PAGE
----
The zoo covers 38 acres of developed facilities, exhibits, and public areas and is the home for over one thousand (1,000) animals. It was another productive year for babies at the zoo. Two giraffe calves, kita and thabisa, were the highlight of the season. The sitatunga herd grew by two female babies, sage and penda. 2017 marked the first time a wrinkled hornbill chick was successfully produced at our zoo. Guests could see the male bayu feed the female ayu and the chick through a small slit in the nestbox. Hornbills naturally seal the female and chicks into the nesting cavity until the chicks are ready to emerge. Other zoo babies included a banded mongoose, three black-breasted leaf turtles, a green imperial pigeon, a debrazzas monkey, four red-tailed green ratsnakes, and a ring-tailed lemur. This year marked the debut of several new animals. Our new male lion bahati got to meet our guests for the first time on opening day. Mischief and milton, the zoos new tasmanian devils brought this species back to our community after a 13 year break. The zoo is one of six u.s. Zoos to receive "ambassador" tasmanian devils from the australian government. The goal is to create greater awareness about devil facial tumor disease, an easily transmissible cancer that has devastated the wild tasmanian devil population in many parts of tasmania and australia. Modifications to the sitatunga exhibit allowed guests to see our male sitatunga for the first time, showcasing a full set of spiraling horns. A brand new radiated tortoise exhibit in the african journey kopjes allowed guests to see this endangered species for the first time at our zoo. Some existing exhibits received new updates as well. The canadian lynx exhibit was greatly expanded with a stream and additional features added to create a larger, more engaging environment. New aviaries were built near the picnic pavilions to create more spacious homes for the birds that used to live next door to the lynx. In the african village, the small aviary was replaced with one over three times its size and vulturine guinea fowl were exhibited for the first time. The zoo is a self-supporting entity. We pride ourselves in a first-class guest experience. To provide this experience our facilities, both exhibits and support services, are given constant attention to create the best possible impression. Behind the scene the zoo provides precise living conditions for everything from lions to sea lions to kangaroos. Constant maintenance and small capital improvements keeps exhibits attractive, systems working, guests pleased, and animals content. In 2017, the zoo started work on the journey to the heart of the zoo campaign. Infrastructure needs were addressed first. A 53-year-old water main was replaced. The central zoo pond was dredged, lined, and landscaped. Guest paths on the west end of the zoo were replaced. On November 1, the next phase began which includes a complete renovation of monkey island and a new north american river otter exhibit with under water viewing. These improvements will not be open until the 2019 season. Other major improvements during the year included renovation of the oasis market, the pony animal experience was rebuilt and branded as the pony trail, four towers on the sky ride were painted, and refurbishing of kopje rock work in africa began.

Zoo Operations

$5.4m

The largest expense for the zoo is payroll. This holds true for all aza accredited facilities where typically half the budget is devoted to wages, salaries, and benefits. In addition to our paid staff, volunteers and interns donated 41,150 hours to the zoo. They provided keeper support, program assistance, and guest service. Following a major restructure of departments in 2016, all job descriptions were reviewed and updated, and a new wage and salary grid was created. Departments that are directly related to animal care have employees on site every day of the year. A large zoo keeper staff provides animal care and enrichment. To directly support the zoo keeper staff, ancillary crews include two veterinarians, two vet techs, a quarantine keeper, a behavior management coordinator, an animal record keeper and a commissary department. The paid interpreter program, added in 2016 to enhance the guest experience, was expanded. A relatively small administrative team keeps the zoo functioning and continually searches for additional resources to address needs and opportunities. This team worked to bring online a new financial reporting package with integrated accounts payable and purchase order system. To ensure our staff is equipped with the necessary tools to support our operation, management placed a renewed commitment to professional development. The zoo increased its monetary commitment to employee development by 71%. Twenty-three managers and supervisors completed an 8-month leadership institute. All year round employees were red cross cpr/first aid certified. During the off season, the staff has multiple opportunities to learn more about our operation through learning lunches, keeper chats, and staff training. Employees attend aza seminars and experts are brought on site to keep these employees up to date on animal care techniques allowing the zoo to provide proper care for the animal collection. The workforce expands from April through October for the zoo season. These employees are welcomed and trained to perform their job duties through area orientations, position-specific trainings, and new employee receptions with the executive director.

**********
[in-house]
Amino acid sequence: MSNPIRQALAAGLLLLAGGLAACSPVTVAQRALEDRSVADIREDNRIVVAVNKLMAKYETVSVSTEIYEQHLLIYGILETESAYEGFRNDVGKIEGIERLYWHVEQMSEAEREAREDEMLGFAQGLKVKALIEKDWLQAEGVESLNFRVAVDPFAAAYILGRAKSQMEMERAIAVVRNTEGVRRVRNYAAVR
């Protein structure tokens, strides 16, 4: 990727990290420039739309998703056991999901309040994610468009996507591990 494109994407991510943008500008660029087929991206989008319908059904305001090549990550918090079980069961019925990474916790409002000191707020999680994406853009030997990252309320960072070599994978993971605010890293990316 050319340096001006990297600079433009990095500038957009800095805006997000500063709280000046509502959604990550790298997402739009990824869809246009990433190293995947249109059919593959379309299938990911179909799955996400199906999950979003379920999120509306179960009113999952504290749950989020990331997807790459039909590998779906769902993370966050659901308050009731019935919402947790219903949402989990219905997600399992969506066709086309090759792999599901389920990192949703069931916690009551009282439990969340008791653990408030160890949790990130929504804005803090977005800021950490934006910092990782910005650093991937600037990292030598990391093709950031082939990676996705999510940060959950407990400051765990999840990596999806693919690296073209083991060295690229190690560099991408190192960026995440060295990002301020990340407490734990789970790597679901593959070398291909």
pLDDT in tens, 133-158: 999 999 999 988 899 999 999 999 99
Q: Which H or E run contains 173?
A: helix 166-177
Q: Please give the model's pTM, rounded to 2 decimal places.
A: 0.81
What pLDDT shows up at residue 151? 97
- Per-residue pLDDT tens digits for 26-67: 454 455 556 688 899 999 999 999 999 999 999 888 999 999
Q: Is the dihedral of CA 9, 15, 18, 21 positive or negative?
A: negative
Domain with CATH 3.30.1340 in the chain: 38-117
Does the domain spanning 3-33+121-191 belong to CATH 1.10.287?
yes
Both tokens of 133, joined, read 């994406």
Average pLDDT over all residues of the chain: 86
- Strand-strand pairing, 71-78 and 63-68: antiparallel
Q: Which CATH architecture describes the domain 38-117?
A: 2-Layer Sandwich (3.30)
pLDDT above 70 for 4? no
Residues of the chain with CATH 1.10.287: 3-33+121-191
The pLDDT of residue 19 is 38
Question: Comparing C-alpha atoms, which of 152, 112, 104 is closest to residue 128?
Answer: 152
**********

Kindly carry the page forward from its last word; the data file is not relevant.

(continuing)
Leadership

Gary Probst Vice President
Mike O'hara Secretary
Margaret Disler Treasurer
James Anderson Executive Director - Zoo
Judith Ann Barker Director of Finance
Randy Brown Director
Ron Turpin Director
Kristin Marcuccilli Director
Chuck Surack Director
Nick Talarico Director
Sarah Earls Director
Dominic Freiburger Director
Jim Houlihan Director
Brian Bauer Director
Chris Gomez Director
Mike Packnett Director
Tom Ackmann Director
Kathleen Anderson Director
Mark Hageman Director
Eric Ottinger Director
Steve Schimmele Director
Doug Wood Director
Jim Kelley Director
Cheryl Schleinkofer President
Source: IRS 990